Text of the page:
The new Gettysburg Story Balloon at Gettysburg Heritage Center launches in summer 2014. This new experience is created by Aeroballoon a leader in passenger-carrying tethered balloons.  AeroBalloon is silent, non-polluting, & memorable for the entire family.  The balloon will show visitors Gettysburg as they have never seen it before, soaring hundreds of feet in the air to see the epic battlefield landscape.  The


    Stephen Lang, best known as Colonel Quaritch in James Cameron’s Avatar, and known by Civil War buffs as "SLang" for his roles as General Pickett in Gettysburg and as Stonewall Jackson in Gods and Generals.  He is currently playing Increase Mather in WGN’s ‘Salem’ television series. He has agreed to reprise his role as Col. Quaritch in 3 sequels to Avatar.


    The Gettysburg Story, directed by Jake Boritt uses aerial cinematography, motion-control time-lapse, and 3-D animated maps to bring the stories of Lincoln, Lee, Meade and others to a new generation. Released for the 150th anniversary of the historic battle, the groundbreaking film was broadcast on Public Television to 85% of the nation.  Through the summer the film will play regularly at Gettysburg’s Majestic Theater.  It is now available on home video and for educational use.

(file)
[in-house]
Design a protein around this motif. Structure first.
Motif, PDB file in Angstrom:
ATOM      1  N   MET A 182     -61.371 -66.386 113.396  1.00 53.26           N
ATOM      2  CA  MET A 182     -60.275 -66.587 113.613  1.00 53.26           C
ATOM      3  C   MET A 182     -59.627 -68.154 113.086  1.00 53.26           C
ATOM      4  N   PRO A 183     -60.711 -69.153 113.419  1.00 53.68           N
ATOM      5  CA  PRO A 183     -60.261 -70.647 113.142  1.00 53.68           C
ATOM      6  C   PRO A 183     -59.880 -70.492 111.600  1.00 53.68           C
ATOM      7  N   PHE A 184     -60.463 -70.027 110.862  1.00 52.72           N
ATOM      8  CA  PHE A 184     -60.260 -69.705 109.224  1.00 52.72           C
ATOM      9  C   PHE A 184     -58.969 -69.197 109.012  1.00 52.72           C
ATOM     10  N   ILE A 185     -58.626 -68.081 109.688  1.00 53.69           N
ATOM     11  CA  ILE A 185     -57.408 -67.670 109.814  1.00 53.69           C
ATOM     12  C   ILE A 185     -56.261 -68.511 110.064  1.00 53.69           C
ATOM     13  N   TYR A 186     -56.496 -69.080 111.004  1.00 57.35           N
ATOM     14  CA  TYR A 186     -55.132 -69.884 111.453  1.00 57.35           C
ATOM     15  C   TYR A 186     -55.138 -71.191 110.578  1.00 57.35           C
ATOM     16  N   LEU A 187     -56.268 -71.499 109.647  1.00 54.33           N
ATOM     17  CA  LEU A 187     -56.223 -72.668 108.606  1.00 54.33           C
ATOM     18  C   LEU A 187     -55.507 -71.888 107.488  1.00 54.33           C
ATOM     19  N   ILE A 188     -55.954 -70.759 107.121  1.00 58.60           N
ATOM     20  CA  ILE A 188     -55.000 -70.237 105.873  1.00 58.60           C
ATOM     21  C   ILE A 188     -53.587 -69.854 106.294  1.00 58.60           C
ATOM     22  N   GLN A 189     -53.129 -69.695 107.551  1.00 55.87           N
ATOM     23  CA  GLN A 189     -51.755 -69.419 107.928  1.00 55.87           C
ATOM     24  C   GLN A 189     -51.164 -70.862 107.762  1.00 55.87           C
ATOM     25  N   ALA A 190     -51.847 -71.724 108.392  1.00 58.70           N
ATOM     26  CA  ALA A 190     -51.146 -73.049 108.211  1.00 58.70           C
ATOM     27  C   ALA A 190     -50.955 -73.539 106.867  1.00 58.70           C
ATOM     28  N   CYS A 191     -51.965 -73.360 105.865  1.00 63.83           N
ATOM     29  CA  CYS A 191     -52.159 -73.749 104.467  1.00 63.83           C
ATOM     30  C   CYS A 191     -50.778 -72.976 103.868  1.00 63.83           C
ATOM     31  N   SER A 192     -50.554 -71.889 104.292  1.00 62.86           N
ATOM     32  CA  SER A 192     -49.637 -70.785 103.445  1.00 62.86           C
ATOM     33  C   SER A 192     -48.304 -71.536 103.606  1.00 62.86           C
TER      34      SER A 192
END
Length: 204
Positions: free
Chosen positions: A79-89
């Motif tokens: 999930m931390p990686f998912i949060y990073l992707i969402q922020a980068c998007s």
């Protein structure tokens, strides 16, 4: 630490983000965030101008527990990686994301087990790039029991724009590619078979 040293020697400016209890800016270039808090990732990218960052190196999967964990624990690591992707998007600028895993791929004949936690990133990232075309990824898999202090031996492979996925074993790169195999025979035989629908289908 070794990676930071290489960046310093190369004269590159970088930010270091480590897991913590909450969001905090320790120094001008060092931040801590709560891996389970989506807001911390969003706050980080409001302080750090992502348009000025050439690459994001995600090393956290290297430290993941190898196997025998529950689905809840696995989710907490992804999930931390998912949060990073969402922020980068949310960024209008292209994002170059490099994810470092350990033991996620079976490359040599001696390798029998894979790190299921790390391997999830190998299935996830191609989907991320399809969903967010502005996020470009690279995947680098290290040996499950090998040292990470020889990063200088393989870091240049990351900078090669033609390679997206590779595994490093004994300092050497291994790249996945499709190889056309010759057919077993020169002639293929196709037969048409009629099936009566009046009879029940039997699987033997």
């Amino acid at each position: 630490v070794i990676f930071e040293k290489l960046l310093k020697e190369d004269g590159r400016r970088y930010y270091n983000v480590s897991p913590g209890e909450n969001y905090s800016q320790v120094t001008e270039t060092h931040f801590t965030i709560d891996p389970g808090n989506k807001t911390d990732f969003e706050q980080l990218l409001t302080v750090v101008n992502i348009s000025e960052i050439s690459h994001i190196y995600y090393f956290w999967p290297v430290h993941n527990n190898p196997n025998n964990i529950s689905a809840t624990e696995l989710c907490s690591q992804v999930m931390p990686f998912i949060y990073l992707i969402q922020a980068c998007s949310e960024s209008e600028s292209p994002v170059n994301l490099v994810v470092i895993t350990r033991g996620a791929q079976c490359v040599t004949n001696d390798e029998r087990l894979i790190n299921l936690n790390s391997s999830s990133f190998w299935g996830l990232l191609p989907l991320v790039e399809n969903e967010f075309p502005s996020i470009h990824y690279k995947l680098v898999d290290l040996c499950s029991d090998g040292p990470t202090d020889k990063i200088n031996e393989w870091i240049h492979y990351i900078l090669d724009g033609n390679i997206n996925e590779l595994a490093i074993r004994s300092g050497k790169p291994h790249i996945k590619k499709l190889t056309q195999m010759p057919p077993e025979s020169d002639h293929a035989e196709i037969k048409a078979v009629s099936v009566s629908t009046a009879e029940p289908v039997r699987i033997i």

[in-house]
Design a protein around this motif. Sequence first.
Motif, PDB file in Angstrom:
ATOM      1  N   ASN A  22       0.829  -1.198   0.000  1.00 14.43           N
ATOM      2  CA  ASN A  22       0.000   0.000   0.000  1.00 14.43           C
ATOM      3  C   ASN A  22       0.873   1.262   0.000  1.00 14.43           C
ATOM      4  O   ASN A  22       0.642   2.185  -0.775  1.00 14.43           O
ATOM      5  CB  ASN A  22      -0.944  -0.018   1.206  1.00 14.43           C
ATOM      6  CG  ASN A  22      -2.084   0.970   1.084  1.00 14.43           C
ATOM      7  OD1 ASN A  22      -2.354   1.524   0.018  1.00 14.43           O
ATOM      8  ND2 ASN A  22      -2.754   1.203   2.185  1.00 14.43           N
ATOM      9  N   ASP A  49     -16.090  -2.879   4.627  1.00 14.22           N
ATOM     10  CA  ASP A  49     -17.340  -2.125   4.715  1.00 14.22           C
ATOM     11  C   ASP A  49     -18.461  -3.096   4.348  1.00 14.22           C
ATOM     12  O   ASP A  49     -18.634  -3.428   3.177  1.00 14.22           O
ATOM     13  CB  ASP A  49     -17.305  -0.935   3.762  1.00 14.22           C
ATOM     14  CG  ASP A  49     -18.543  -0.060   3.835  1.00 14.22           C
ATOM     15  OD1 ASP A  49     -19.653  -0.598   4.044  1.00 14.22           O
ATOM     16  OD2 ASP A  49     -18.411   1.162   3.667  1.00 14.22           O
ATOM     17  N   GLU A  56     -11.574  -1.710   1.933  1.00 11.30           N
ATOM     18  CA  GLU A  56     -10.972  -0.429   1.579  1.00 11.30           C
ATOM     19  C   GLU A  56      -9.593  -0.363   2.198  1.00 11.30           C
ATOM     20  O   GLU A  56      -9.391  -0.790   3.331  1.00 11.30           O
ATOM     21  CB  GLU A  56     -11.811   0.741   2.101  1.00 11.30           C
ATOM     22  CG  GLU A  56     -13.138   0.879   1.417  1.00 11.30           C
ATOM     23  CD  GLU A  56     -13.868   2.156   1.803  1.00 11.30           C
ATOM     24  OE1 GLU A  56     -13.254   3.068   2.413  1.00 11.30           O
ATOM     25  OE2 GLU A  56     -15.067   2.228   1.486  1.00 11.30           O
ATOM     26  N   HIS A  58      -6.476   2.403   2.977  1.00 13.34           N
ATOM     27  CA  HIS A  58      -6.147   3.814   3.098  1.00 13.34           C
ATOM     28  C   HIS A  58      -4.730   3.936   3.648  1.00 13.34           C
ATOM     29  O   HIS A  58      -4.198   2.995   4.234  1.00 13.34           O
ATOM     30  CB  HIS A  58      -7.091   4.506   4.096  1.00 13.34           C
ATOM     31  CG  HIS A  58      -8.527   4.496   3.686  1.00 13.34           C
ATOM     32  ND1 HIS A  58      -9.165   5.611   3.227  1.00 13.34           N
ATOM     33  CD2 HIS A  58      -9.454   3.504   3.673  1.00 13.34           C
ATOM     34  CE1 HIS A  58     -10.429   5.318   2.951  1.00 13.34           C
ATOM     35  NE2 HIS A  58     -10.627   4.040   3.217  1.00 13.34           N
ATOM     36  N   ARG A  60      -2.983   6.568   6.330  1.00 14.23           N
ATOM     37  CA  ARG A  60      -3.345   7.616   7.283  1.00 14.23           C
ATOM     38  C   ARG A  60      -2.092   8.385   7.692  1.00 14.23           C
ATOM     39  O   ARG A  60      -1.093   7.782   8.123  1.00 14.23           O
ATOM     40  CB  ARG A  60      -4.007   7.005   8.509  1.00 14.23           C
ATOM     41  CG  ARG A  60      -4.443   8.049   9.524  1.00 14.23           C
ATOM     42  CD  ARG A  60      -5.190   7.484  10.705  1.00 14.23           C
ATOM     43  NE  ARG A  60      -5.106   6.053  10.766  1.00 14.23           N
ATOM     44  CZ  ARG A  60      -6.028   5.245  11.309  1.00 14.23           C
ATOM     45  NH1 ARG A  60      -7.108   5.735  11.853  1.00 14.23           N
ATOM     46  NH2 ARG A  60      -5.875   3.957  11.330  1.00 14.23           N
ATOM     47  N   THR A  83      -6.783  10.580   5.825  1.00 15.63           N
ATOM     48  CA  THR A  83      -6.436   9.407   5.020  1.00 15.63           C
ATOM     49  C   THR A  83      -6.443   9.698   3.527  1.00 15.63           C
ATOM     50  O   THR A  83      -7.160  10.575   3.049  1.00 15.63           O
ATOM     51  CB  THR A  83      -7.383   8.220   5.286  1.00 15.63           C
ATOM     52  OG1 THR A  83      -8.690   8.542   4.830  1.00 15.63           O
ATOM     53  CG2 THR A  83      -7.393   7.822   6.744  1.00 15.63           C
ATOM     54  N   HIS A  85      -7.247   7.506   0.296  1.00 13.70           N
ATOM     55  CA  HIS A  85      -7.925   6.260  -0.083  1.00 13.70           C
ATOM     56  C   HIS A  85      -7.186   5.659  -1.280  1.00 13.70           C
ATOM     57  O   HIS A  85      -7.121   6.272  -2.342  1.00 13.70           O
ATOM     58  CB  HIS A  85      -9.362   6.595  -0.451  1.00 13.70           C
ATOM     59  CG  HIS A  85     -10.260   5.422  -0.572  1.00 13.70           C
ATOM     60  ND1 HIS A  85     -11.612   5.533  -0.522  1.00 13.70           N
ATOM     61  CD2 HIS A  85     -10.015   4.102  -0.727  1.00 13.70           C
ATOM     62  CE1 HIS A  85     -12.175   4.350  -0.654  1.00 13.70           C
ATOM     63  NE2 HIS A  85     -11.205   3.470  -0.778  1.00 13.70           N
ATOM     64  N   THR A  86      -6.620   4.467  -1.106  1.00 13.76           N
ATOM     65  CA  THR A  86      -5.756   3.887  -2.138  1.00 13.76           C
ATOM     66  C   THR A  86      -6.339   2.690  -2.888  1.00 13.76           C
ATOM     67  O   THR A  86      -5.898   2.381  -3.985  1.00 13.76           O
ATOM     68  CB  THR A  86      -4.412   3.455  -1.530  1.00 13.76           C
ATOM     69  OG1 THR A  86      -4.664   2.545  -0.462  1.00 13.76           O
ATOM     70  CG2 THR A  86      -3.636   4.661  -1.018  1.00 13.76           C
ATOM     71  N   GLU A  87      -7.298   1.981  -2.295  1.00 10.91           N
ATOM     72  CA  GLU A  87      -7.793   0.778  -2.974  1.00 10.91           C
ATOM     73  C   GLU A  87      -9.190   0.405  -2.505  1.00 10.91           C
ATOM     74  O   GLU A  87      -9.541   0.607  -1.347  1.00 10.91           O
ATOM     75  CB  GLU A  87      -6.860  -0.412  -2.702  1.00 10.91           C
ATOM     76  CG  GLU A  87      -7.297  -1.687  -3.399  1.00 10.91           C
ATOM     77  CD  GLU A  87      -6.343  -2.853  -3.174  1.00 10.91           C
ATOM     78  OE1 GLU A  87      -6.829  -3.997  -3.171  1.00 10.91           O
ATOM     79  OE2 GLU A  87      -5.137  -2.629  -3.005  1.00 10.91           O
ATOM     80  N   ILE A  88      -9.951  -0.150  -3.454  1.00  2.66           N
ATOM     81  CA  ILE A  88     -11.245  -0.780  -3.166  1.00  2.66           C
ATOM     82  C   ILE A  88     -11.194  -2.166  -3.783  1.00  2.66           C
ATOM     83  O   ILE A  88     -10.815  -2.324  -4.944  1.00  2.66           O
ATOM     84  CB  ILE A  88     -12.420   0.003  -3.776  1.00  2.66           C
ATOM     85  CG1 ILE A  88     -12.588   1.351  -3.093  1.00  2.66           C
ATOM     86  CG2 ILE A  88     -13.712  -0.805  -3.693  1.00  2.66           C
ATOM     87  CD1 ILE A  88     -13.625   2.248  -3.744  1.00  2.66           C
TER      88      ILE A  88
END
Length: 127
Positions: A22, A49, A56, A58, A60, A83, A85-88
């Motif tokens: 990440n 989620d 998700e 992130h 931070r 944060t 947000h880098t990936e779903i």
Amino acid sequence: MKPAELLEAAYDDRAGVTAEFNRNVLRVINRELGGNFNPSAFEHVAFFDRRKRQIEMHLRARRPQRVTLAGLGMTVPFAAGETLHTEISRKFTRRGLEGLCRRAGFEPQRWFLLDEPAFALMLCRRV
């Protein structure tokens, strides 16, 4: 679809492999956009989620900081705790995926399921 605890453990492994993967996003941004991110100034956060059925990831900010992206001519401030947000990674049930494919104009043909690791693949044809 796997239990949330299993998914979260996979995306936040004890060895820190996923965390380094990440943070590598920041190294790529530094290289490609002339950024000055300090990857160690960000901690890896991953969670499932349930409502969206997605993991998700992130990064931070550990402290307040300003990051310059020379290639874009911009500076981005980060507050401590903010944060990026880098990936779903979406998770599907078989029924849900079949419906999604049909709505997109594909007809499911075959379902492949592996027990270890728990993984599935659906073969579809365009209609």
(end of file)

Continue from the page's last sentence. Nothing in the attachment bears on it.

The companion Battlefield Auto Tour presents a gripping journey through the Gettysburg Battlefield following the official National Park Auto Tour route. It is based on the works of renowned historian and author, Gabor Boritt. Now this unique experience is brought to thousands more by acclaimed actor Lang.  For new visitors and buffs alike, Lang's stunning performance brings alive the story of the battle and Lincoln's nation-changing address.



    The Gettysburg Heritage Center, formerly the American Civil War Wax Museum, reopened on May 5th.   Due to the ongoing renovations, The Heritage Center will extend complimentary admission through December 31, 2014.


    The focus of the new Heritage Center is “the town, the people, and their stories;” where ordinary people did extraordinary things. Utilizing artifacts; 3-D programing; and interactive exhibits, visitors will experience life as it was for those who lived in Gettysburg before, during and after the battle.


    Until recently only the new high-definition theater and gift store were accessible to guests.  Beginning July 1, the first phase of the exhibit space will be open. The multi-year project will continue to change, adding more details, interactive experiences and artifacts to the story of the people of Gettysburg


    The new theater production focuses on the three-day battle, and the aftermath of the conflict. Developed in collaboration with the Civil War Trust, the movie creates a concise overview for those with limited knowledge, yet offers new insight to avid Gettysburg historians.